At TransSouth Health Care, we provide outpatient gastrointestinal procedures including endoscopies and colonoscopies in our on-site DDC Surgery Center.  We are licensed by both the state and with Medicare and are accredited by the Accreditation Association for Ambulatory Health Care, Inc. (AAAHC).  Our full-service gastroenterology center utilizes state-of-the-art technology with advanced techniques to ensure your endoscopy procedure is as seamless as possible.

General information about an Endoscopy

Endoscopies are procedures that allow our gastroenterologist to examine the inside lining of your digestive tract.  An endoscopy procedure is capable with our endoscopes, a flexible fiber optic tube that contains a small camera and light at the end that is used to investigate the cause of your symptoms throughout your upper digestive system.  There are different types of endoscopes including some that take tissue samples, or biopsies, for further testing.

 

Upper Endoscopy

In our upper endoscopy procedures, we pass an endoscope through the mouth, throat, and into the esophagus, allowing our gastroenterologist to view the esophagus, stomach, and upper part of your small intestine.  These procedures and examinations allow us to investigate the origin of your pain through the digestive system, with commonalities being ulcers or chronic heartburn.  Upper endoscopies may also be used to investigate the causes of:

  • stomach bleeding
  • difficulty swallowing
  • nausea
  • vomiting
  • frequent heartburn
  • upper abdominal pain

 

In addition to collecting biopsies and investigating the cause of symptoms in the digestive system, an endoscopy is also a powerful way to perform various treatments once those disorders have been diagnosed. An endoscopic tool can be used to treat bleeding, inflammation, and pain by removing the polyp, tumor, or by constricting the blood flow to a painfully engorged blood vessel or vein.

 

What to expect when receiving an upper endoscopy

In our consultation, we will ask you to refrain from eating after midnight on the night before and only clear liquids up to four hours prior to your procedure, as the upper GI tract must be completely empty.  We will ask you to forfeit smoking and chewing gum as well.  We will ask necessary questions related to your health conditions, especially any that are associated with heart and lung problems, allergies, or diabetes.  We will request information on any medications you’re currently taking and likely ask you to temporarily stop taking medications associated with blood clotting or any sedation interactive medications. We’ll ask you not to drive after the procedure to allow sedation to wear off, so you will want to make prearrangements for transportation.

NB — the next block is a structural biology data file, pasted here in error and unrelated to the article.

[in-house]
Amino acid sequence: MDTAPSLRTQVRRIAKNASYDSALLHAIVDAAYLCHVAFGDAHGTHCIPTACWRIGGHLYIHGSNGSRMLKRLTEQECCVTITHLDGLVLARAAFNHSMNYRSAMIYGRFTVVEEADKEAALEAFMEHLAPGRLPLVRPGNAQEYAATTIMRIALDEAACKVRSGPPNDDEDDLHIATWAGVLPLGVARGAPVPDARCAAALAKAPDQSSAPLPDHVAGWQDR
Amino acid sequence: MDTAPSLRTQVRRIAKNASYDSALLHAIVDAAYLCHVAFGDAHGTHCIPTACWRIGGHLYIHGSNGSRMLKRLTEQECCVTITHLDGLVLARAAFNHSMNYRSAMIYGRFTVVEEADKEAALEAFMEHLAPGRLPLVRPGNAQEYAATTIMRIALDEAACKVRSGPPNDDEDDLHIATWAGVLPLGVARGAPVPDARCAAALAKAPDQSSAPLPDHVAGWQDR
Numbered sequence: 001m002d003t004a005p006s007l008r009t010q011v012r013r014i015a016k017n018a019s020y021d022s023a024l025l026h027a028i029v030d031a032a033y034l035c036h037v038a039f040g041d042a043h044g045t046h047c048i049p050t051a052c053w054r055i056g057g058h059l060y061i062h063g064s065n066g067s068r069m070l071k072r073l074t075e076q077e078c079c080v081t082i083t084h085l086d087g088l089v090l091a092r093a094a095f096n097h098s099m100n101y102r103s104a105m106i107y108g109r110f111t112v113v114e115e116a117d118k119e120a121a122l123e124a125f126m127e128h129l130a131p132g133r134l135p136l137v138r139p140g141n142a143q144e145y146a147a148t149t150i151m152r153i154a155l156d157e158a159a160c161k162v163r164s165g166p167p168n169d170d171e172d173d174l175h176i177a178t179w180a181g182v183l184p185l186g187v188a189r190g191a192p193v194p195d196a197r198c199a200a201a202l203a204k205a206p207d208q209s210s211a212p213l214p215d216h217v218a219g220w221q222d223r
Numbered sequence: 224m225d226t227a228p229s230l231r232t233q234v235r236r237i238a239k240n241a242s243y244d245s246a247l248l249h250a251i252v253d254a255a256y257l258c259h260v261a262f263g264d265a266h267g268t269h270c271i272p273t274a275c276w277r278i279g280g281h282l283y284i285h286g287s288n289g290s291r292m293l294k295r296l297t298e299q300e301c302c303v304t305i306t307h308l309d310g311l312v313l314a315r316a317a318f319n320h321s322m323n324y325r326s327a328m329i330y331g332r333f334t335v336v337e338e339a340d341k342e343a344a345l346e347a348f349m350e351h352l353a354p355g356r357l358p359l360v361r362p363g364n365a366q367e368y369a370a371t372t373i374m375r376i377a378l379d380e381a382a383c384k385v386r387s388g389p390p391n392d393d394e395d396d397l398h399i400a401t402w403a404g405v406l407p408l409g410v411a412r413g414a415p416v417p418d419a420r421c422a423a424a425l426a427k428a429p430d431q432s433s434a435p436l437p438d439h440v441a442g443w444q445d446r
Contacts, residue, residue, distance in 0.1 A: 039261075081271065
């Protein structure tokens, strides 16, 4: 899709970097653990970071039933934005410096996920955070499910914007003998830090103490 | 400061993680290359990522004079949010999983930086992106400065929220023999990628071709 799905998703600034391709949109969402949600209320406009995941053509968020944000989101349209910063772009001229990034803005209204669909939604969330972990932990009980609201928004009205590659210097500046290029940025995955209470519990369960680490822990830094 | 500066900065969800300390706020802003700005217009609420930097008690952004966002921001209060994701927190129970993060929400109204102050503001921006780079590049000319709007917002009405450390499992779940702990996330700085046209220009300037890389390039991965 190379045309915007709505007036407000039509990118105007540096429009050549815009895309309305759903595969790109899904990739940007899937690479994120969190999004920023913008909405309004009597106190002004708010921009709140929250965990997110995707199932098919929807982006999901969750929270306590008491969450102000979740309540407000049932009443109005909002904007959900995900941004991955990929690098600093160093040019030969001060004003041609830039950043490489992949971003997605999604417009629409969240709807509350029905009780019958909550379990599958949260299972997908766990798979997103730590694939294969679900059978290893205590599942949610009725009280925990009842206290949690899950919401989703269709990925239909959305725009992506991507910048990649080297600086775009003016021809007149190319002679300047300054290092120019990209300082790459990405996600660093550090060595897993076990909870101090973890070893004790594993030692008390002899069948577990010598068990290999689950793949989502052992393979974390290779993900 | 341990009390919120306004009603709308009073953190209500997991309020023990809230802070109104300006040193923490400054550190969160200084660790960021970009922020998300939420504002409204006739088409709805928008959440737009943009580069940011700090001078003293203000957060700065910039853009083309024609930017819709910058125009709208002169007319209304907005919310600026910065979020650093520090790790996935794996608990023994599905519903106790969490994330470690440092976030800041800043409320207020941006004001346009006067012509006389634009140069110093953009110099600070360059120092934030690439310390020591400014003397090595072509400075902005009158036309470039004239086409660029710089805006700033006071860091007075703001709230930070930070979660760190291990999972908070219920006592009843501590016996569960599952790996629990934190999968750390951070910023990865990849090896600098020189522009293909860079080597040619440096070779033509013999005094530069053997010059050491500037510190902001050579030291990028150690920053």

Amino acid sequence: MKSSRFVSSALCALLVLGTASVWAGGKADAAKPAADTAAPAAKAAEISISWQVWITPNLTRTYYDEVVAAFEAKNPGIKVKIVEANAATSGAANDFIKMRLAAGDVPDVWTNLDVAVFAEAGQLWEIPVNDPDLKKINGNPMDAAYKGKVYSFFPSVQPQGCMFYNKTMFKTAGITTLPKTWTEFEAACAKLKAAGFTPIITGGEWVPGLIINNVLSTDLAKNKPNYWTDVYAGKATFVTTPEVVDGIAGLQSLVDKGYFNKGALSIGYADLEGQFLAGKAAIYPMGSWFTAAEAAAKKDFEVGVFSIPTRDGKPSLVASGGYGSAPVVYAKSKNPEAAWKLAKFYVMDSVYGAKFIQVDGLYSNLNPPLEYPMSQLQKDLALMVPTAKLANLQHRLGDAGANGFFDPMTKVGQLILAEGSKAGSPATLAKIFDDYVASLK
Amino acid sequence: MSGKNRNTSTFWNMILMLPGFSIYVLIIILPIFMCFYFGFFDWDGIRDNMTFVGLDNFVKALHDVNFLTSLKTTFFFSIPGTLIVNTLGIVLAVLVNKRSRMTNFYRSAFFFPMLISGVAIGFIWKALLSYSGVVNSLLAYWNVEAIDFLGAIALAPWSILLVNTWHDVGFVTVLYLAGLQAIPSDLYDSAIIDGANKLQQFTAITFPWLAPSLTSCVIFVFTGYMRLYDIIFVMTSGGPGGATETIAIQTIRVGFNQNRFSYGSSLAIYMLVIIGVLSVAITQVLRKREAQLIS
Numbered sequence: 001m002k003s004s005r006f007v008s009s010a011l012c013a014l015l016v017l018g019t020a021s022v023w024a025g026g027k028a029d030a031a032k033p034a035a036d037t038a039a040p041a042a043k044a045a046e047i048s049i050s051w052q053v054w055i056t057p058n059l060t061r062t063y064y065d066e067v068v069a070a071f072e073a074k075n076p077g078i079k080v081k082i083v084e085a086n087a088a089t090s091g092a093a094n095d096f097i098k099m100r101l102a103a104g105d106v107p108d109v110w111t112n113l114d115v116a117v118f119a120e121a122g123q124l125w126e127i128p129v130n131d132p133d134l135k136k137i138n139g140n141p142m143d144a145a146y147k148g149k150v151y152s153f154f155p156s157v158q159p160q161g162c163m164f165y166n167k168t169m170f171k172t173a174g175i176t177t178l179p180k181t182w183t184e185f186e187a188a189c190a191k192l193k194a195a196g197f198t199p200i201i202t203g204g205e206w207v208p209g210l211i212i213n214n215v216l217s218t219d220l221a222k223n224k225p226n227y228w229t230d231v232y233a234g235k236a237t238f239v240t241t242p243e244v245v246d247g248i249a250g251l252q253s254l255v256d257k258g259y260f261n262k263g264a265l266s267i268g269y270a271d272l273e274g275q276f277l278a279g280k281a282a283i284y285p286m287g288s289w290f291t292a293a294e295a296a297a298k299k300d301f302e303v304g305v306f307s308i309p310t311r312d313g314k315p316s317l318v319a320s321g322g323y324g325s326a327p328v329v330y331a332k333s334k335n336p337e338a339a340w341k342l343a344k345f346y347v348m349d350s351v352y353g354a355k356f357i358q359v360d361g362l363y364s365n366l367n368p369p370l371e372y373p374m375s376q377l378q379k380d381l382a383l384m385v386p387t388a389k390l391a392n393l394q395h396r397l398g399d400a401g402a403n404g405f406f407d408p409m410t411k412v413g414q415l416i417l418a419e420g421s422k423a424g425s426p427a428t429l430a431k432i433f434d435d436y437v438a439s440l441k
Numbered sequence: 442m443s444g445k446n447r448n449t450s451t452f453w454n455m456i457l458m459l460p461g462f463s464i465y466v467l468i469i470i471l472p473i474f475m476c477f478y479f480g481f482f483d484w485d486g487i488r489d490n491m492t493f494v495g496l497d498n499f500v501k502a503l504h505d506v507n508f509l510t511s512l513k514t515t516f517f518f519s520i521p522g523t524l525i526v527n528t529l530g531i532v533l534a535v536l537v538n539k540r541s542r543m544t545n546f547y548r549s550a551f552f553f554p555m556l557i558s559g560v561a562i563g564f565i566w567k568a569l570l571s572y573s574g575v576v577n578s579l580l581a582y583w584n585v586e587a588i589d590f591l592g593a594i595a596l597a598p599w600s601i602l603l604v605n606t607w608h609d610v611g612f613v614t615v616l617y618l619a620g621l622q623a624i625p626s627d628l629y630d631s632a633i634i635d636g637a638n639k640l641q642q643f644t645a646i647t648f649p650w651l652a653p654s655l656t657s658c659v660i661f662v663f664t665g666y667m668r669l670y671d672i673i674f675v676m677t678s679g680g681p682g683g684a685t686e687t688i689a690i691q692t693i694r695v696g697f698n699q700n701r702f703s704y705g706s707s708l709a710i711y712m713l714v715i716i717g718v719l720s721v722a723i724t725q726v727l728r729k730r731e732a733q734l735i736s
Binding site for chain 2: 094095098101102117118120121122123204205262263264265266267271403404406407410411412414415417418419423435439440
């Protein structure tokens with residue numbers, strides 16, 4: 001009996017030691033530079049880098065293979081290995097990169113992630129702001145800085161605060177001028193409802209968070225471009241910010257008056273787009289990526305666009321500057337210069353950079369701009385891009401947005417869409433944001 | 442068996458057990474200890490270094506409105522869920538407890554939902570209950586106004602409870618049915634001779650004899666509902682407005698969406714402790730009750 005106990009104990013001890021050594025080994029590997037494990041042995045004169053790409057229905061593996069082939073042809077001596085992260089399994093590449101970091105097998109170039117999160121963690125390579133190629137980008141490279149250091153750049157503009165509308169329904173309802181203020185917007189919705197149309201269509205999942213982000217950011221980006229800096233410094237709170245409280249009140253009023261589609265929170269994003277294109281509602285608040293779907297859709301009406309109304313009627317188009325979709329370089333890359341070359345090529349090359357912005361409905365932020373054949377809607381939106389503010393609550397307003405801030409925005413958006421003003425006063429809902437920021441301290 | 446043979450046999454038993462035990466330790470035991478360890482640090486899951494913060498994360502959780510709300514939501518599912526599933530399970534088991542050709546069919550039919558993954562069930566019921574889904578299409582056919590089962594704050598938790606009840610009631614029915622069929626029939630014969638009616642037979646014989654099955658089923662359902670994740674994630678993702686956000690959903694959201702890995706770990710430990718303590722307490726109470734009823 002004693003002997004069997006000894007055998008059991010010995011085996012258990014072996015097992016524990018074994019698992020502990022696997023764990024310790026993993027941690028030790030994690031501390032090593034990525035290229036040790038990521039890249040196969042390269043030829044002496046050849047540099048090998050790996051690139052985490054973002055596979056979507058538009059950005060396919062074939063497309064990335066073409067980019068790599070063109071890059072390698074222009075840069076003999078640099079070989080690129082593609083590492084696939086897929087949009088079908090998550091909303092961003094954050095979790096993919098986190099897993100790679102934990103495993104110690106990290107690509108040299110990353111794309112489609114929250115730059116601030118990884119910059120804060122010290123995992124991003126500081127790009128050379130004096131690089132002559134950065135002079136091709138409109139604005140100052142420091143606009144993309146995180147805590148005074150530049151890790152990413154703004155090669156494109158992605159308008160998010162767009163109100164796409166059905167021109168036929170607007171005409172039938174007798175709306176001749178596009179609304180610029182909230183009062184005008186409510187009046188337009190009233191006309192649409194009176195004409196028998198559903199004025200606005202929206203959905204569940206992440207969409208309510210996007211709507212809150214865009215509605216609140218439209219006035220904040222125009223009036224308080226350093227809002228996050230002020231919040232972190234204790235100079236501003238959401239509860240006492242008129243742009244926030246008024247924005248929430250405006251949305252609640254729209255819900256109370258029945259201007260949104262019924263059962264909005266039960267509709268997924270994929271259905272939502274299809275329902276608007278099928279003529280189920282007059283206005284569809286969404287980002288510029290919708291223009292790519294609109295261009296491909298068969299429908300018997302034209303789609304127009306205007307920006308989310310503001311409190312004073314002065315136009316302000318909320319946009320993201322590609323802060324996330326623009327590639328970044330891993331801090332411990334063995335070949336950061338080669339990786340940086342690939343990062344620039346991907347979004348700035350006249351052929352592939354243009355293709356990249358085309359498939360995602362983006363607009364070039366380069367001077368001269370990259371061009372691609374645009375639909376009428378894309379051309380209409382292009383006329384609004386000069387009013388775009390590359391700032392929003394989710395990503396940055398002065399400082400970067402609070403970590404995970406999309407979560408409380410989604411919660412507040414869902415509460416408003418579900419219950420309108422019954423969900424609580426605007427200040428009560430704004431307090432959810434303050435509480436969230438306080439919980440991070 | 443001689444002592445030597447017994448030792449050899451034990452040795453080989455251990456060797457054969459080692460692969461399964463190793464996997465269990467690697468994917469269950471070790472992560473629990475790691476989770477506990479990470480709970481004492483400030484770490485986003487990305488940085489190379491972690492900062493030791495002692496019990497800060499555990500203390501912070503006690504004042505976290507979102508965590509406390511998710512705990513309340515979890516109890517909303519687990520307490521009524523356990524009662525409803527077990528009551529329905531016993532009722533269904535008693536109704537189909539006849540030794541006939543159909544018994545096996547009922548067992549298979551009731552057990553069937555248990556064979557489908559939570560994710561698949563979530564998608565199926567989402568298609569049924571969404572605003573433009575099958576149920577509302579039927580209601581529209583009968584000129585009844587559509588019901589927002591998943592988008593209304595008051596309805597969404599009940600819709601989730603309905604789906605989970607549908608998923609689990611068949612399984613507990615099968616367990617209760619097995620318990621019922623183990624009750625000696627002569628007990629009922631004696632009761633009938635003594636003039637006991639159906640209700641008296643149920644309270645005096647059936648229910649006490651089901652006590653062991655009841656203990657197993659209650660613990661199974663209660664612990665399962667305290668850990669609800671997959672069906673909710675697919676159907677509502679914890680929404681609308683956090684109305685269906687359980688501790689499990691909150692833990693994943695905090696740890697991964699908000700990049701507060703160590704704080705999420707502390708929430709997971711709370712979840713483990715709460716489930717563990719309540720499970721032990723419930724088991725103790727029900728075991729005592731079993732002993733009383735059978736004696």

When you arrive, you will receive a conscious sedation that will relax you and make you sleepy, potentially leading you to fall completely asleep.  Our goal is to make you as comfortable as possible.  You will lie on your side during the procedure as our gastroenterologist used a thin, flexible endoscope tool with a camera and light on the tip that will enter through your mouth and proceed down through your digestive tract, as far as your upper small intestine.  The scope has a small camera that transmits video to our high definition monitor, allowing close, high quality examination of your esophagus, stomach and duodenum linings.  We will also insert air though the scope in an effort to inflate your stomach, making it even easier for us to examine everything.

During our examination, we will use special tools that slide through the scope.  These tools will allow our doctor to stop any bleeding, remove abnormal growths, and collect tiny pieces for biopsies.  We want to maximize this endoscopy for your benefit.  These painless biopsies will be medically researched and then reviewed by your doctor.  The results can take several weeks.